Tuesday, June 6, 2017 at 6:51 a.m.
Donald Trump at the Western Conservative Summit last year.
Photo by Brandon Marshall
This year’s Western Conservative Summit traditionally draws many of the biggest names in Republican politics, including Donald Trump, who was among the headliners last year when he was the GOP presidential nominee. But thus far, neither Trump nor any key members of his team have confirmed that they’ll attend the 2017 version, scheduled to take place July 21-23 at the Colorado Convention Center in Denver, prompting organizers to launch a Twitter campaign intended to use the power of the president’s favorite social-media tool to get him and his closest helpers to commit.
The tactic worked in 2016. “We did it with Trump last year,” says Jeff Hunt, chief organizer of the Summit under the auspices of the Centennial Institute, an affiliate of Colorado Christian University. “His hashtag was #GetTrumpToTheSummit.”
This year, the hashtag has been altered to #GetTrumpTeamToTheSummit, since Hunt and company would like to snare not only Trump, but also Vice President Mike Pence, counselor Kellyanne Conway and Cabinet officials Ben Carson, Rick Perry, Betsy DeVos, Scott Pruitt, Ryan Zinke and Jeff Sessions. An e-mail blast to the Centennial Institute list sent out this week includes links to the following tweets:
We want Trump Administration at Western Conservative Summit! #GetTrumpTeamToTheSummit @realDonaldTrump @mike_pence @KellyannePolls #WCS17
We want Trump Administration at Western Conservative Summit! #GetTrumpTeamToTheSummit @SecretaryCarson @SecretaryPerry @BetsyDeVosED #WCS17
We want Trump Administration at Western Conservative Summit! #GetTrumpTeamToTheSummit @EPAScottPruitt @SecretaryZinke @jeffsessions #WCS17
Carson is a past Summit attendee, as Hunt notes. “We had six or seven different presidential candidates a couple of years ago, and that was fun. And this year, conservatives have the executive branch, and that’s who our audience wants to hear from, first and foremost — the different secretaries and Kellyanne Conway and Vice President Pence and President Trump. It’s a little bit taller hill to climb these days, so we’re hoping that maybe a little social-media presence will create some momentum. They’ll hear from us and hear that our attendees really want them to attend, and they’ll come on out.”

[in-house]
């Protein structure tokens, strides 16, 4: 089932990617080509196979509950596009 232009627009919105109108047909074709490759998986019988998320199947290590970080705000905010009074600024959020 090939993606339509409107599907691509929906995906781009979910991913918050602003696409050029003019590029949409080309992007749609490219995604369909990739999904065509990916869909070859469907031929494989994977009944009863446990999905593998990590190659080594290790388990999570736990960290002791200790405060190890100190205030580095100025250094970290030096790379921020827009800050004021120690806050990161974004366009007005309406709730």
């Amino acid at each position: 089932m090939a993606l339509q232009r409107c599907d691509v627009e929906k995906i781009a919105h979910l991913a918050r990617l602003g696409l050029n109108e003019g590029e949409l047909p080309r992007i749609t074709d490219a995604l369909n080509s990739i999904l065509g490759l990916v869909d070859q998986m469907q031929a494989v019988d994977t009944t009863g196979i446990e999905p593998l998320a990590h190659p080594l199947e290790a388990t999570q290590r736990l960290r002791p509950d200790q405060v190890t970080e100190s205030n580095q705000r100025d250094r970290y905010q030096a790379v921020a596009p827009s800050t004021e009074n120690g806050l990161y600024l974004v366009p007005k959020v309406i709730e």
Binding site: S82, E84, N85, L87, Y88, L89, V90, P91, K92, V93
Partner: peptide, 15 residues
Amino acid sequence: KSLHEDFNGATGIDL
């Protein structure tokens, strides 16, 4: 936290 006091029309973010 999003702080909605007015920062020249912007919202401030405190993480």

Trump’s appearance at the event last year was seen as a problematic one in some quarters. The headline of a roundup post by our Ana Campbell, headlined “Donald Trump Has a No Good, Very Bad Day in Denver” spotlighted a large protest against Trump outside the Colorado Convention Center. During it, Josie Valadez Fraire, also known as the Sage Smudge Lady, was briefly taken into custody and cited for conducting a Native American purification ceremony at the site; the charges were later dropped.
Housing and Urban Development Secretary Ben Carson is a past attendee of the Western Conservative Summit.
For his part, Hunt downplays the demonstration. “We didn’t have a single protester inside the event, so Trump’s speech wasn’t interrupted at all,” he points out. “And he was the top-rated speaker at the Summit last year. He was number one — and that gives you a sense about how the people in the room felt.”
Since then, of course, the Trump administration has been embroiled in controversy, with investigations into Russian interference with the 2016 election touching on topics as serious as obstruction of justice and treason. But such matters haven’t hardened the hearts of Summit attendees against Trump, Hunt insists: “They love him, and they’d love to have him back.”
If Trump and his pals cold-shoulder the Summit, there’ll still be plenty of prominent conservatives on the bill, including journalist Katie Pavlich, onetime United Nations ambassador John Bolton, Senator Cory Gardner, Wyoming Governor Matt Mead and District Attorney George Brauchler, the first 2018 candidate for governor in Colorado to sign up. Hunt hopes other gubernatorial hopefuls will follow suit, including Ed Perlmutter, Mike Johnston and others on the Democratic side of the ledger. “If you’re going to be seeking statewide office in Colorado, you can’t be afraid of a few thousand conservatives,” Hunt says. “And I guarantee they’ll be treated respectfully.”
Prior to last year, no major party presidential nominee had attended the Summit; in 2012, Mitt Romney sent a video. And Trump waited until almost the last minute to put the bash on his schedule, confirming only about three weeks ahead of time. That gives Hunt about three weeks to campaign via Twitter for Trump and his pals to book flights to Colorado for the July get-together.
“What I’m seeing right now on social media is a lot of people pushing our messages out,” he maintains. “We’re hoping the president and his team are seeing them and they’ll come on out. There may be protesters outside, but inside the event, the water’s warm.”